It really, really doesn't matter. Why do people even complain about things like this? Is it so hard to plug the number into a calculator to get it in units you are capable of comprehending?

      If you are going to complain that Fahrenheit was used, then at least have the decency to request Kelvin (the proper SI unit) rather than Celsius.

      • by geekoid (135745)

        It's frustration from not keeping to a global standard.

        The US should really be metric by now. We can wank about superiority all day, but the bottom line is both do well for the trained person. Not having a standard cause issues, wastes money and so on.

        We would be Metric by now if it wasn't for the bone head president, Reagan.

        • We would be Metric by now if it wasn't for the bone head president, Reagan.

          Don't forget about the 300 million or so people who don't really want to convert to the metric system.

        • by lgw (121541)

          I hate the metric system. The units are awkward, and multiples of 10 make it hard in field conditions. Making everything powers of 10 was great before there were mechanical calculators, when important scientific calculations were done pencil-and-paper. Now the measurment system makes no difference in getting the right answer in a scientific context (heck, calculate and convert anything right in the Google search box), so the units should be chosen to be friendly to an "estimate in the field and do the ma

          • by jpapon (1877296)
            I mean, I see your point that it would be nice if units were designed to make estimates and field calculations easy, but that's not really the point of units. The whole point is to make everything standardized.

            If you start making each unit particular to field applications, then it gets REALLY complicated when you need to start solving something which uses two different types of units.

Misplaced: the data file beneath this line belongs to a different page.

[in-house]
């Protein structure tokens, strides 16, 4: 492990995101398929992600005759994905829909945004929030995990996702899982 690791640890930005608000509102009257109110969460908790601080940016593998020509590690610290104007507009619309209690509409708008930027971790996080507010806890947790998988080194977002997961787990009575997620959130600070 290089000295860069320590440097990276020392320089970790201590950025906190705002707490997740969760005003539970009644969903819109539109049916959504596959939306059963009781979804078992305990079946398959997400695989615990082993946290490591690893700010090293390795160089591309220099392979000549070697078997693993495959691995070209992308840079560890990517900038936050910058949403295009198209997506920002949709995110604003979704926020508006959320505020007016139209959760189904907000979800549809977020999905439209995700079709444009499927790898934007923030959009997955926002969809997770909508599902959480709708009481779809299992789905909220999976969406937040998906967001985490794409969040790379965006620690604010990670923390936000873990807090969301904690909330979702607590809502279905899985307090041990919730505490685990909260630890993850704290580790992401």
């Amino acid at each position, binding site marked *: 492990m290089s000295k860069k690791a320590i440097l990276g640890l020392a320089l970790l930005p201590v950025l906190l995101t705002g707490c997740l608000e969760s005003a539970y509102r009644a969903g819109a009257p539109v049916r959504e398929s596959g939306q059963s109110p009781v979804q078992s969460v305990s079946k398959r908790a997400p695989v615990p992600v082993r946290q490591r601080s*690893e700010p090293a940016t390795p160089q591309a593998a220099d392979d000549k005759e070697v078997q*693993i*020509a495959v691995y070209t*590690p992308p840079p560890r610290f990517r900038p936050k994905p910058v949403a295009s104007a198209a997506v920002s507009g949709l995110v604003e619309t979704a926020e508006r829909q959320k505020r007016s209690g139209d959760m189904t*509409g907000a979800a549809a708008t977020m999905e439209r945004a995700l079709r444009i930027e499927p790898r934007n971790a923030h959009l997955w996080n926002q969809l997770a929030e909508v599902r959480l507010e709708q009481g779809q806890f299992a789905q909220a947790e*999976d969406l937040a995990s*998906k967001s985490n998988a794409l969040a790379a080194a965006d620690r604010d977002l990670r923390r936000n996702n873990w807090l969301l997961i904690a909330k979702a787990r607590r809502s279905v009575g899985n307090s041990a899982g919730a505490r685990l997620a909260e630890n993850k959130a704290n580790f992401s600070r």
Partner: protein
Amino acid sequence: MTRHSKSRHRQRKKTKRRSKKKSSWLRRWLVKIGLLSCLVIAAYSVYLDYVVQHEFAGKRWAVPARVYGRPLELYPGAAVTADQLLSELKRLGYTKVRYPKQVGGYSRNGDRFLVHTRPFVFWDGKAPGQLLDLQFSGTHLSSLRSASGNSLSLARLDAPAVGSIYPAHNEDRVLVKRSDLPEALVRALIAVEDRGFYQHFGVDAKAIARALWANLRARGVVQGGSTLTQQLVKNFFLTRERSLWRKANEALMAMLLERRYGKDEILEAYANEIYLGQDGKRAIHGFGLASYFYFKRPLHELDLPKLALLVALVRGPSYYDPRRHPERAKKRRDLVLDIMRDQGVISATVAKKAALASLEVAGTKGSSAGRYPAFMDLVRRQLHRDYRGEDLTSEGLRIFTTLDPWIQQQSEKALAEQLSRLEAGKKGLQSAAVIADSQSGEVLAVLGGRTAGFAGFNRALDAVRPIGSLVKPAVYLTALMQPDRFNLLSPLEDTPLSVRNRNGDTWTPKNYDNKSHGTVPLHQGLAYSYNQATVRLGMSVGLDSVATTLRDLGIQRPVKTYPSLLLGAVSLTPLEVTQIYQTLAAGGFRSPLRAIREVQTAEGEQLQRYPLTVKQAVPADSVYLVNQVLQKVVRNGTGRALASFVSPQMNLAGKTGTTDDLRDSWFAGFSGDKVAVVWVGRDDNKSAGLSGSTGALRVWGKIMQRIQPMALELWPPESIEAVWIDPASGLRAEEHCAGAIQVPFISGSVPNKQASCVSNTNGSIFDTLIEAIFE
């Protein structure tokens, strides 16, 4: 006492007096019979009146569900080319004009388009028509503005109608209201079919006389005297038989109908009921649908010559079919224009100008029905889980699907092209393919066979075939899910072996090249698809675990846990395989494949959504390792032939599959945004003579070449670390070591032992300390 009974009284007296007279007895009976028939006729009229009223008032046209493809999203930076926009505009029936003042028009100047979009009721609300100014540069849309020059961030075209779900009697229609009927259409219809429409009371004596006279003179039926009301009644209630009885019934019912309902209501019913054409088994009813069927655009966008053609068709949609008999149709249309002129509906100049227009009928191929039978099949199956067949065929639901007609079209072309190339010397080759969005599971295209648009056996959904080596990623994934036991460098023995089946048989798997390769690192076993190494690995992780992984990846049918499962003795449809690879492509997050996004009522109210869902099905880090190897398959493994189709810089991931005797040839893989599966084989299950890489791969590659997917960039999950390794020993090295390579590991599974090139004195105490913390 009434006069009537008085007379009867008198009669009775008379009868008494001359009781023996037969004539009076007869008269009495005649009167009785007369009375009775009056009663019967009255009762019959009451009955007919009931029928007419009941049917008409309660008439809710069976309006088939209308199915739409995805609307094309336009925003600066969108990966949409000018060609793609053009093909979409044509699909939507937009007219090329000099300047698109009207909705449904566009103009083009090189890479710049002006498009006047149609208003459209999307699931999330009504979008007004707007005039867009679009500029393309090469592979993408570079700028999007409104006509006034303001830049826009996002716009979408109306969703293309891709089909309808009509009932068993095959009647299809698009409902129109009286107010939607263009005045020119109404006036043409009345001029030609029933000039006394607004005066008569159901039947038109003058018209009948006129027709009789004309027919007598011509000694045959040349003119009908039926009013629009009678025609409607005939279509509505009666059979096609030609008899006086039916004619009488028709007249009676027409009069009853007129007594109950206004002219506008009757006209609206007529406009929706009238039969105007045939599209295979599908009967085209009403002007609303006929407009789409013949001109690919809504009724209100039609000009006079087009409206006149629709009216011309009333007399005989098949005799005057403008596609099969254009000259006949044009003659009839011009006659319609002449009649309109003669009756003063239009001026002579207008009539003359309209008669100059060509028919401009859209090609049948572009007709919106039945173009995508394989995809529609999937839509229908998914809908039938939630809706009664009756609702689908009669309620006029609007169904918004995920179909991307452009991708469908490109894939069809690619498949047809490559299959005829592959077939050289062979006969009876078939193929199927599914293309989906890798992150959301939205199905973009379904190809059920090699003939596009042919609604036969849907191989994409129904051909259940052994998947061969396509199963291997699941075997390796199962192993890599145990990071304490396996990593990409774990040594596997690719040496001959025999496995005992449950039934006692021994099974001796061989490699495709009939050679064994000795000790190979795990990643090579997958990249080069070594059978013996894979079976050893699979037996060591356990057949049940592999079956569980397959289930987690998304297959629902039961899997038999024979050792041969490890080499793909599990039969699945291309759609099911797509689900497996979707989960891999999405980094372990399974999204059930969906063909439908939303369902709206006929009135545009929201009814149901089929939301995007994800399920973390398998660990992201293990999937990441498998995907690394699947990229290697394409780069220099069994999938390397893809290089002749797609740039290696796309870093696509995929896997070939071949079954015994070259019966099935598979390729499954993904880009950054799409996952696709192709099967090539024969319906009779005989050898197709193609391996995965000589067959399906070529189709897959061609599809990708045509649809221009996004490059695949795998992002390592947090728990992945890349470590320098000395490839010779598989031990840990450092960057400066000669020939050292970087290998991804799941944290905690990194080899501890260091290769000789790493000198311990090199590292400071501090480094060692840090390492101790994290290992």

Say, for instance, that you needed to estimate how much water was in a pool. Your measure of distance is in base 10, but y

            • by jpapon (1877296)
              And by base, I meant powers, but you get the point.
            • by lgw (121541)

              You mean you don't know every reasonable power of 2 off the top of your head? Is that what /. is coming to? :)

              Yeah, it is slightly awkward when changing between distance and fluid measure, though a cubic yard is close enough to 200 gallons and 0.8 tons for field work. Most of the historic fluid measures were the size of the industry standard shipping containers, which all evolved differently, creating a bit of a mess.

              (Of course, in the One True Measuement System, the important thing to remember is that a

      • by ceoyoyo (59147)

        Most people who want more information beyond "almost absolute zero" probably at least remember something from high school chemistry: that absolute zero is -273 C. Most of the world also knows that water freezes at 0 C and room temperature is somewhere around 20-25 C. That gives a fair amount of information.

        Most of the world has very little idea what meaningful points on the Fahrenheit scale are and I've never heard anyone refer to cryogenic temperatures in Fahrenheit before.

      • I propose that any time anyone suggests that a given temperature scale is more "natural" or "arbitrary" than another temperature scale, they automatically lose the argument. And get perma-banned from Slashdot. These "my temperature scale can beat up your temperature scale" arguments are beyond tiresome.
  • by MiniMike (234881) on Wednesday September 22, 2010 @12:21PM (#33664174)